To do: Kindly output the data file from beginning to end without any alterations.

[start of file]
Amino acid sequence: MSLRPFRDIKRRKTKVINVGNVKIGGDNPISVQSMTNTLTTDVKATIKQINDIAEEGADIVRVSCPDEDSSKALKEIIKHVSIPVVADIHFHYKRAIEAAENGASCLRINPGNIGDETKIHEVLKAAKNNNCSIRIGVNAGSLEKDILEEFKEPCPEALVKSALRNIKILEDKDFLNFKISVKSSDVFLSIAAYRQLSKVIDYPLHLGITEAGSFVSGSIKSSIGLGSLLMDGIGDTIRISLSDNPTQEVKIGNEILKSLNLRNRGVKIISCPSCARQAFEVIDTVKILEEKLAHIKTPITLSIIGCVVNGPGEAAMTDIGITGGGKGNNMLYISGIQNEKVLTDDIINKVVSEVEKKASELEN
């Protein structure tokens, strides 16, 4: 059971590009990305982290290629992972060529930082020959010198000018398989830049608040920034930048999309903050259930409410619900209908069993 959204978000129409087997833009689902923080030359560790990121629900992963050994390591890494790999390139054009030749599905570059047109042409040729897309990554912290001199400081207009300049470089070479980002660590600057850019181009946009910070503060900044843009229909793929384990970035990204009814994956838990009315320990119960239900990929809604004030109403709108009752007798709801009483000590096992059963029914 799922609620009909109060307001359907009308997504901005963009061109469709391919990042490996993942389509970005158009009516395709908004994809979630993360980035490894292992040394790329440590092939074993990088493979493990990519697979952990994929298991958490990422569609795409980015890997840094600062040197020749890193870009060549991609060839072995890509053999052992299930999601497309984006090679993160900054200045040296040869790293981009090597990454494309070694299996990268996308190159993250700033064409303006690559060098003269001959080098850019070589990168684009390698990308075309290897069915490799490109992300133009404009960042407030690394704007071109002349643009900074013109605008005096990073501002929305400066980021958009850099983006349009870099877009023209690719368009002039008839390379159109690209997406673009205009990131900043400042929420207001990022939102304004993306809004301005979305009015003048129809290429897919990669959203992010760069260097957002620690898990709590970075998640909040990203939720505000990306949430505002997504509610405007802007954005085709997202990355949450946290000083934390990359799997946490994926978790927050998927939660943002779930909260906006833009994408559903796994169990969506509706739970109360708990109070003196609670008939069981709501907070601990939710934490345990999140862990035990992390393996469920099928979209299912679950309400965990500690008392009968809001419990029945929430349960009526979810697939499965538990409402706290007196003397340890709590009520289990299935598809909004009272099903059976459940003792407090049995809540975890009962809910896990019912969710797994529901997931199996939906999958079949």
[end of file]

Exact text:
Amino acid sequence: MSLRPFRDIKRRKTKVINVGNVKIGGDNPISVQSMTNTLTTDVKATIKQINDIAEEGADIVRVSCPDEDSSKALKEIIKHVSIPVVADIHFHYKRAIEAAENGASCLRINPGNIGDETKIHEVLKAAKNNNCSIRIGVNAGSLEKDILEEFKEPCPEALVKSALRNIKILEDKDFLNFKISVKSSDVFLSIAAYRQLSKVIDYPLHLGITEAGSFVSGSIKSSIGLGSLLMDGIGDTIRISLSDNPTQEVKIGNEILKSLNLRNRGVKIISCPSCARQAFEVIDTVKILEEKLAHIKTPITLSIIGCVVNGPGEAAMTDIGITGGGKGNNMLYISGIQNEKVLTDDIINKVVSEVEKKASELEN
């Protein structure tokens, strides 16, 4: 059971590009990305982290290629992972060529930082020959010198000018398989830049608040920034930048999309903050259930409410619900209908069993 959204978000129409087997833009689902923080030359560790990121629900992963050994390591890494790999390139054009030749599905570059047109042409040729897309990554912290001199400081207009300049470089070479980002660590600057850019181009946009910070503060900044843009229909793929384990970035990204009814994956838990009315320990119960239900990929809604004030109403709108009752007798709801009483000590096992059963029914 799922609620009909109060307001359907009308997504901005963009061109469709391919990042490996993942389509970005158009009516395709908004994809979630993360980035490894292992040394790329440590092939074993990088493979493990990519697979952990994929298991958490990422569609795409980015890997840094600062040197020749890193870009060549991609060839072995890509053999052992299930999601497309984006090679993160900054200045040296040869790293981009090597990454494309070694299996990268996308190159993250700033064409303006690559060098003269001959080098850019070589990168684009390698990308075309290897069915490799490109992300133009404009960042407030690394704007071109002349643009900074013109605008005096990073501002929305400066980021958009850099983006349009870099877009023209690719368009002039008839390379159109690209997406673009205009990131900043400042929420207001990022939102304004993306809004301005979305009015003048129809290429897919990669959203992010760069260097957002620690898990709590970075998640909040990203939720505000990306949430505002997504509610405007802007954005085709997202990355949450946290000083934390990359799997946490994926978790927050998927939660943002779930909260906006833009994408559903796994169990969506509706739970109360708990109070003196609670008939069981709501907070601990939710934490345990999140862990035990992390393996469920099928979209299912679950309400965990500690008392009968809001419990029945929430349960009526979810697939499965538990409402706290007196003397340890709590009520289990299935598809909004009272099903059976459940003792407090049995809540975890009962809910896990019912969710797994529901997931199996939906999958079949």